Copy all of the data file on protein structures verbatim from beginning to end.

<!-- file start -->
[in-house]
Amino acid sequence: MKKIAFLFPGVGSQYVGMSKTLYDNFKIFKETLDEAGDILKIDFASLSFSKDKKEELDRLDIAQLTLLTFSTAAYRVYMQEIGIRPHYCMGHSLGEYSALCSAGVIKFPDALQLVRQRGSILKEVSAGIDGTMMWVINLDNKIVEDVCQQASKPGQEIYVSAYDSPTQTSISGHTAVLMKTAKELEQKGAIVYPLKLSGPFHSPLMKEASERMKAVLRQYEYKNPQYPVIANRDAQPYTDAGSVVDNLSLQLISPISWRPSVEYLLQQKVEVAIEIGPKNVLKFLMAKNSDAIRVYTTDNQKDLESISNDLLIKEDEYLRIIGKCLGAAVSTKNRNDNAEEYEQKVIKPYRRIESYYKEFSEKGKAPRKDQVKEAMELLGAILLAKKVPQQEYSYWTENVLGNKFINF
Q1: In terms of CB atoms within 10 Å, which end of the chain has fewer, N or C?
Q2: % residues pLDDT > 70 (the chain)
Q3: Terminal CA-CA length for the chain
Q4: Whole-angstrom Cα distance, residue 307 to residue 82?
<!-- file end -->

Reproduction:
[in-house]
Amino acid sequence: MKKIAFLFPGVGSQYVGMSKTLYDNFKIFKETLDEAGDILKIDFASLSFSKDKKEELDRLDIAQLTLLTFSTAAYRVYMQEIGIRPHYCMGHSLGEYSALCSAGVIKFPDALQLVRQRGSILKEVSAGIDGTMMWVINLDNKIVEDVCQQASKPGQEIYVSAYDSPTQTSISGHTAVLMKTAKELEQKGAIVYPLKLSGPFHSPLMKEASERMKAVLRQYEYKNPQYPVIANRDAQPYTDAGSVVDNLSLQLISPISWRPSVEYLLQQKVEVAIEIGPKNVLKFLMAKNSDAIRVYTTDNQKDLESISNDLLIKEDEYLRIIGKCLGAAVSTKNRNDNAEEYEQKVIKPYRRIESYYKEFSEKGKAPRKDQVKEAMELLGAILLAKKVPQQEYSYWTENVLGNKFINF
Q1: In terms of CB atoms within 10 Å, which end of the chain has fewer, N or C?
Q2: % residues pLDDT > 70 (the chain)
Q3: Terminal CA-CA length for the chain
Q4: Whole-angstrom Cα distance, residue 307 to residue 82?